Skip to main content

We worshipped "at" Pillar Church in Holland. Our family was battling a bit of illness so we joined online

My favorite is a monster cookie and if you break them in half all the calories fall out

Hi Mavis,

Thanks for taking the time to interact with this post.

The idea of a personal relationship with Jesus has spilled more than a bit of internet ink over the years. Some who have spilled that ink point out the personal language of the Scripture, the friendship ideas and familial pictures in scripture are also lifted up.

Others who spill the ink point out that the idea of a personal relationship with Jesus is an 19th century innovation that finds its first mention in the work of Horace Bushnell (1864) 

"In this coming again of Christ by the Spirit, there is included also the fact that he will be known by the disciple, not only socially, but as the Christ, in such a way as to put us in a personal relationship with him, even as his own disciples were in their outward society with him."

When it comes to scripture this crew points out that there is little personal language in the scripture that is not plural in nature--so the focus is more on God's relationship to the community and less to the individual.

You can find a good conversation on this at

One of the things that can happen in using the language of a personal relationship with Jesus idea is what is mentioned in the blog--a self-focus that leads to a "me and Jesus", where Jesus is my personal Jesus who gives me what I want. This is not, of course, a foregone conclusion such language as you so aptly point out, but the words of Grice show that it has become reality for some.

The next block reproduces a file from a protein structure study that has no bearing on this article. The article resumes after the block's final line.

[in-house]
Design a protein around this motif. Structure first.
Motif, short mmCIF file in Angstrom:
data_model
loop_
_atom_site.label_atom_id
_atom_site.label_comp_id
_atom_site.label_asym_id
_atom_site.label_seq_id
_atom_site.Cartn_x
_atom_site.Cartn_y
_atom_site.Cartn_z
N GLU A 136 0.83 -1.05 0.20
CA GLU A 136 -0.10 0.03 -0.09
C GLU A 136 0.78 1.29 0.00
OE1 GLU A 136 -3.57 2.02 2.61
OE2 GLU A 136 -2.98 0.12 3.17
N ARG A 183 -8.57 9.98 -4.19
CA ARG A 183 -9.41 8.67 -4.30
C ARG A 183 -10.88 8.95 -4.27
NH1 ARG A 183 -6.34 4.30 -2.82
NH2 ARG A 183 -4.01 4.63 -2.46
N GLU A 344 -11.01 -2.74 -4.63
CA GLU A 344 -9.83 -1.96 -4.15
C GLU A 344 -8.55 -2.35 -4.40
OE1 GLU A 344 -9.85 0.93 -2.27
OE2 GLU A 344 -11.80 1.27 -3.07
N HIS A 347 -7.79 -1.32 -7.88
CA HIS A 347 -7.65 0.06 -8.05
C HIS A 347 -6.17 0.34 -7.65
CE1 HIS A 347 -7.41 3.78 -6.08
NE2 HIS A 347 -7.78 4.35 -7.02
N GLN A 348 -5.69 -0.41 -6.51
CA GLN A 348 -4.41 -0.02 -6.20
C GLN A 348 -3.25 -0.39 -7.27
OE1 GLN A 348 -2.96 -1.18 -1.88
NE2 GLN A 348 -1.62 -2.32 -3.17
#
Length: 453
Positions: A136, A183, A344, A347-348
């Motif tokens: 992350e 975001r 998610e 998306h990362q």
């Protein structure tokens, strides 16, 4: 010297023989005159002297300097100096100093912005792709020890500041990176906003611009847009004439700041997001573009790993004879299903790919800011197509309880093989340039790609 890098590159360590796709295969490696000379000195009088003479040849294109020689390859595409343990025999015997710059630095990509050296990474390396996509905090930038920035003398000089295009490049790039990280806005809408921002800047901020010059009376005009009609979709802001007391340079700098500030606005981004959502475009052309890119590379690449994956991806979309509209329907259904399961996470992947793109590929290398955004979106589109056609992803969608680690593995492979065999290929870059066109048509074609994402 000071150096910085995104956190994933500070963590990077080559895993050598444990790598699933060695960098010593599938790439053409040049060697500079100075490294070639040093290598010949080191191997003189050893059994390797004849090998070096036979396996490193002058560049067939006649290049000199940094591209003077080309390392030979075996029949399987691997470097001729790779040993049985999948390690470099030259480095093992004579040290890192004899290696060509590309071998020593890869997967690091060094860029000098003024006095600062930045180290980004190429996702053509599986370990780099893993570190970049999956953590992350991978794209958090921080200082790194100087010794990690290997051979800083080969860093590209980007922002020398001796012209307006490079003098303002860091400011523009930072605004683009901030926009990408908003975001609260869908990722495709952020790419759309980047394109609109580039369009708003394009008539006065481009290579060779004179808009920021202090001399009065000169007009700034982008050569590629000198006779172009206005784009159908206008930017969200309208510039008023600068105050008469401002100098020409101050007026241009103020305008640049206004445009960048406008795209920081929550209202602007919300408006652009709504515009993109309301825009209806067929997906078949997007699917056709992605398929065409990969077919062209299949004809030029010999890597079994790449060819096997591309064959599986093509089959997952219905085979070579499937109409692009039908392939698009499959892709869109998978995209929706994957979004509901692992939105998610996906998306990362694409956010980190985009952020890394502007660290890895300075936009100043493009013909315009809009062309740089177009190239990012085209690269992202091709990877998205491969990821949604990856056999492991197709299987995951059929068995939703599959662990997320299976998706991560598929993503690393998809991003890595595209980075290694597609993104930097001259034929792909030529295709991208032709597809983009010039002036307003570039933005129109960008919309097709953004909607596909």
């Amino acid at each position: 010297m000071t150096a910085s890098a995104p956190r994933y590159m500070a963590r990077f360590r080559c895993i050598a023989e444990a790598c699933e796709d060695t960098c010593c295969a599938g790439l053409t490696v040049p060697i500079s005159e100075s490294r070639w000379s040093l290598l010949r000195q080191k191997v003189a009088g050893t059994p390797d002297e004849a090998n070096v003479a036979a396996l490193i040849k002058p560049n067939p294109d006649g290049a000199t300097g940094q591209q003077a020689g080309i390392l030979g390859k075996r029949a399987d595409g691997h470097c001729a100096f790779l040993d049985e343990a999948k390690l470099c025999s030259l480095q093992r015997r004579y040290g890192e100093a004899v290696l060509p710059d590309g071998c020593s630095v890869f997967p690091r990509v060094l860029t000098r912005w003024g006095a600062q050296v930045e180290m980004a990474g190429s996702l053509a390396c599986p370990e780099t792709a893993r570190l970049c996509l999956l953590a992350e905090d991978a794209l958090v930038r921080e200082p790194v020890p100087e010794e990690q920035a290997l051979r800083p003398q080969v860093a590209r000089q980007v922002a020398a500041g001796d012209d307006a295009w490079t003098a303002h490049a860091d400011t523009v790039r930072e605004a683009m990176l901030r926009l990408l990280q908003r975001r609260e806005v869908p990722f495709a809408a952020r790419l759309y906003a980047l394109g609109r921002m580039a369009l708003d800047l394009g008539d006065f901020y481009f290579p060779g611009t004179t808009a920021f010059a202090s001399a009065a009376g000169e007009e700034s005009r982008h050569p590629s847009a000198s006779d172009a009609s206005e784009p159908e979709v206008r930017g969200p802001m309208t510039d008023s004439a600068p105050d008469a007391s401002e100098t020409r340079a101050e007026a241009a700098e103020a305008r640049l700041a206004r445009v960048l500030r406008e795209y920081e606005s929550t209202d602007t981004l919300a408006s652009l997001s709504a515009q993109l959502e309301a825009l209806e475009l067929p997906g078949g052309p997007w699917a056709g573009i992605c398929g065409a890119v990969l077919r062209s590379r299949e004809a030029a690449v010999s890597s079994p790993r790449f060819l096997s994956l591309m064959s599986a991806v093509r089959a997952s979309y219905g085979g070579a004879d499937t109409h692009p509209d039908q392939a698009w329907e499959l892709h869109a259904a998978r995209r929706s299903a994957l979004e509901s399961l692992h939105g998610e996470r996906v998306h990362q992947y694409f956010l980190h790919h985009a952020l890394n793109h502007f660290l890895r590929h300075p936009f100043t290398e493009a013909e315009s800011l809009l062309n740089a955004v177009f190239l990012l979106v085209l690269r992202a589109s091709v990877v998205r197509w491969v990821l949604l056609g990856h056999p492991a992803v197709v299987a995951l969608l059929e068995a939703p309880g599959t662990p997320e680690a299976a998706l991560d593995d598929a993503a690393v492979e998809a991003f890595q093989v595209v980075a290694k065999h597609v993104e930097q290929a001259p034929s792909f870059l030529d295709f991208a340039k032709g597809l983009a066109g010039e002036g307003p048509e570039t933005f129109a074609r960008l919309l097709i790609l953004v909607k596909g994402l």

Into this space Paul's "union with Christ" speaks. J. Todd Billings in his book Union with Christ says, 

"Union with Christ is a central New Testament description of Christian identity, the life of salvation in Christ. It entails giving a new identity such that in Christ, forgiveness and new life are received through the Spirit. Union with Christ involves abiding in the Vine. It means that through the Spirit, sinners are adopted into the household of God as co-heirs with Christ. It means that God's Spirit is poured out to make the life and teachings of Jesus real to us. It implicates our worship, our vocation in the world, and our witness as the church. Union with Christ is theological shorthand for the gospel itself--a key image that pulls together numerous motifs in the biblical witness."

Later in speak of Calvin and Union with Christ Billings notes, 

"The images of union with Christ, ingrafting into Christ, partaking of Christ, and adoption were drawn from Paul and Johannine writings in the New Testament and were deeply woven into the fabric of [Calvin's] soteriology. In the broad portrait of his soteriology, Calvin claims that created human nature is good and that Adam was 'united to God' and 'enjoyed participation in God.' Human beings have been alienated from God and from their true, created nature by the fall. But the final end and goal for humanity is a re-union (emphasis original) of humanity with God in the second Adam, a union even higher than the first. This trinitarian process unites believers to Christ by the Spirit in order to serve the Father in gratitude. In union with Christ, believers are 'participants not only in all his benefits but also in himself.'"